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Disney's $7bn intake makes history at the box office

2016-12-20 17:01
 

Los Angeles - A huge debut for Rogue One has seen Walt Disney Studios become the first distributor in history to hit $7bn in annual global box office receipts, it said Monday.

The $290m worldwide opening for the Star Wars spinoff puts Disney's haul for 2016 at $2.7bn in North America, also an industry record, and $4.3bn elsewhere.

It is the first year in which all five of Walt Disney Studios' top brands - Disney, Walt Disney Animation Studios, Pixar Animation Studios, Marvel Studios and Lucasfilm - have released movies.

"This historic achievement is possible because all of our film studios are bringing their absolute best to the table, telling great stories of all kinds that resonate with audiences across borders, gender and generations," said Alan Horn, chairman of Walt Disney Studios.

"These films work because each one has not only something for everyone, but everything for someone. It's our honour to be able to create these experiences for audiences, and we're thankful to them for continuing to come out to the theater with us.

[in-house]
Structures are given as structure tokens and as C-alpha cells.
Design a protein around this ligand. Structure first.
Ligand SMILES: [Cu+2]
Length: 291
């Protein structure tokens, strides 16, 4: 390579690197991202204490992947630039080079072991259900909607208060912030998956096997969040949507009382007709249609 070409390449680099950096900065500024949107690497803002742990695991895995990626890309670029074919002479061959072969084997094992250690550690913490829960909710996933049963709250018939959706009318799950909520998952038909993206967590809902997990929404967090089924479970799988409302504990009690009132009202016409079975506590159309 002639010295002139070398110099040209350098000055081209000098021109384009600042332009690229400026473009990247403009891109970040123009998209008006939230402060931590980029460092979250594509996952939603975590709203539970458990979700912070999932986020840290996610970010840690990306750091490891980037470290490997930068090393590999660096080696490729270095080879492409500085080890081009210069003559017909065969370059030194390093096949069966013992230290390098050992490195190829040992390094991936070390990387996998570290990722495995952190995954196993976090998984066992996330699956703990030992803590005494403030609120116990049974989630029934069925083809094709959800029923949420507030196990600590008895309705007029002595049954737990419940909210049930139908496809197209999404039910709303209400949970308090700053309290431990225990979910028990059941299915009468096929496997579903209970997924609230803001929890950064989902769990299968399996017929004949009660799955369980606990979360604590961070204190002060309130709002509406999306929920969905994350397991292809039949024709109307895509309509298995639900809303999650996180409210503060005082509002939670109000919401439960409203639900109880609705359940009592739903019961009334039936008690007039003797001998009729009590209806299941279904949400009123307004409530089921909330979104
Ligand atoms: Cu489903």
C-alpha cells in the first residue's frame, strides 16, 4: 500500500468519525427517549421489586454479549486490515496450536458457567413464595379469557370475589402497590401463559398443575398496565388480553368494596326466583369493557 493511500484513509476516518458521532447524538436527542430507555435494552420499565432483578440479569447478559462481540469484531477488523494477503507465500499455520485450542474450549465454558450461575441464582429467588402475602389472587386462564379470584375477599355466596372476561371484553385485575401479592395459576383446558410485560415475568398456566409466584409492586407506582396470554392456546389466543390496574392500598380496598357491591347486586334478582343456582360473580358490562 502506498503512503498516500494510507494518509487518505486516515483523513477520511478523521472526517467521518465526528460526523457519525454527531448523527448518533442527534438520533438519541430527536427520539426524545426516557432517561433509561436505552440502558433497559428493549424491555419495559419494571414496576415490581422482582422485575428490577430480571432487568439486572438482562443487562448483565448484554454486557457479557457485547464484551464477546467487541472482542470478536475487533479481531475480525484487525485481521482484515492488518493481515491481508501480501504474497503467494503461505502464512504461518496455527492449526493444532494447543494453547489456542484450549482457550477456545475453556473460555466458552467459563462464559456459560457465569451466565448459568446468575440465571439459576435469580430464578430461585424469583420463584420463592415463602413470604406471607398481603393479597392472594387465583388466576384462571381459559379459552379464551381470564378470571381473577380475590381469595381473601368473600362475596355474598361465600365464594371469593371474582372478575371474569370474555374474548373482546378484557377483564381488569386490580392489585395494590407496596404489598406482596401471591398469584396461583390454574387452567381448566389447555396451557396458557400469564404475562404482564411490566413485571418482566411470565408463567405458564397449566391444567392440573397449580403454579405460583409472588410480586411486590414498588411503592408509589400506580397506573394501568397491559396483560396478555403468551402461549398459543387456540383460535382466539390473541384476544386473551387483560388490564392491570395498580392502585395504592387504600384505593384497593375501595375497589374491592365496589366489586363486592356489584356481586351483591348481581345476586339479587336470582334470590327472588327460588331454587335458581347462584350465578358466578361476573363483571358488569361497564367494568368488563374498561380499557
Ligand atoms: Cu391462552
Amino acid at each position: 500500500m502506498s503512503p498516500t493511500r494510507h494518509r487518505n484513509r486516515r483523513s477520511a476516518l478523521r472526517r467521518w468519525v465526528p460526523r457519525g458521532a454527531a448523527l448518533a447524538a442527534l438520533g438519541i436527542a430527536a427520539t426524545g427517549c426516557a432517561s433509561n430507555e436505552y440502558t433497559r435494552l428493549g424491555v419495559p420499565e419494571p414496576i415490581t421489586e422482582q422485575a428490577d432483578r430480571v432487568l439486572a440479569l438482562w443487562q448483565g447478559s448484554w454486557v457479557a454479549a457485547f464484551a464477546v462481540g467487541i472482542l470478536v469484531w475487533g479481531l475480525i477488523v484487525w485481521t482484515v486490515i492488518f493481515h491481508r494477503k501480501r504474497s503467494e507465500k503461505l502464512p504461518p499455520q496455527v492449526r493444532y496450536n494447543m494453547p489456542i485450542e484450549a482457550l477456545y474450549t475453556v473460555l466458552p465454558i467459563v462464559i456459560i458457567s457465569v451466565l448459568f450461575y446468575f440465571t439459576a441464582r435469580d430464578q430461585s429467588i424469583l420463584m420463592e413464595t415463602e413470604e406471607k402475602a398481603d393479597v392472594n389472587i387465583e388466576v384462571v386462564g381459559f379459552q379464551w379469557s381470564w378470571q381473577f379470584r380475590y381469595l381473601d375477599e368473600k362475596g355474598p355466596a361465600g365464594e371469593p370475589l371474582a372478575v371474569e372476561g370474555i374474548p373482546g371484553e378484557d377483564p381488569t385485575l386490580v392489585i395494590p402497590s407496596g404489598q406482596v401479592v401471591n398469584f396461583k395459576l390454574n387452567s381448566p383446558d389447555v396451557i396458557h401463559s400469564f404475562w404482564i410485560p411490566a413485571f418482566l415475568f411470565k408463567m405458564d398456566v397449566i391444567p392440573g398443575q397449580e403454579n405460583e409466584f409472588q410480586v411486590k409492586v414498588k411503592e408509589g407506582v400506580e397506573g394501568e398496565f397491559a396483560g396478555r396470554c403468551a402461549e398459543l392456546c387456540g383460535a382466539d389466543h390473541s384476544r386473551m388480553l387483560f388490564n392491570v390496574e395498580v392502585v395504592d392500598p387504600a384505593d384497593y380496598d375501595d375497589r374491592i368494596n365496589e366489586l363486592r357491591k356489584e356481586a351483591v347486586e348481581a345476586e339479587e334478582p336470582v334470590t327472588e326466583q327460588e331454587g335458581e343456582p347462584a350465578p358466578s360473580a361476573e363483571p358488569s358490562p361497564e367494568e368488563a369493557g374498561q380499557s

Even before Rogue One came out, hits such as Finding Dory, Captain America: Civil War and Zootopia ensured the studio had beaten last year's record $5.8bn by the end of October and was comfortably on track to pass the record of $6.9bn set by Universal in 2015.

Disney has set several records this year, becoming the fastest studio ever to hit $2bn domestically and $5bn at the global box office, both in July.

It has not been entirely plain sailing, as Alice Through The Looking Glass and The BFG were deemed commercial flops.

Johnny Depp as the Mad Hatter in Alice in Wonderla

Coastguard drama The Finest Hours also sank without a trace, with Variety magazine reporting that Disney was expecting losses of around $75m from the film.

On the other side of the ledger, the studio had three hits in 2016 that passed the illustrious $1bn global mark - Captain America ($1.2bn), Finding Dory, ($1.03bn) and Zootopia ($1.02bn).

The Jungle Book made $967m, while Star Wars: The Force Awakens, which debuted in December last year, brought in $737m of its $2.1bn global take in 2016.


Those five films scored an average 94% rating on RottenTomatoes.com, which aggregates the reviews for all releases.

Rogue One, which is yet to open in the vast Chinese market, is expected to do better than all of these, although much of its global take will come in 2017.


(Photos: Disney)

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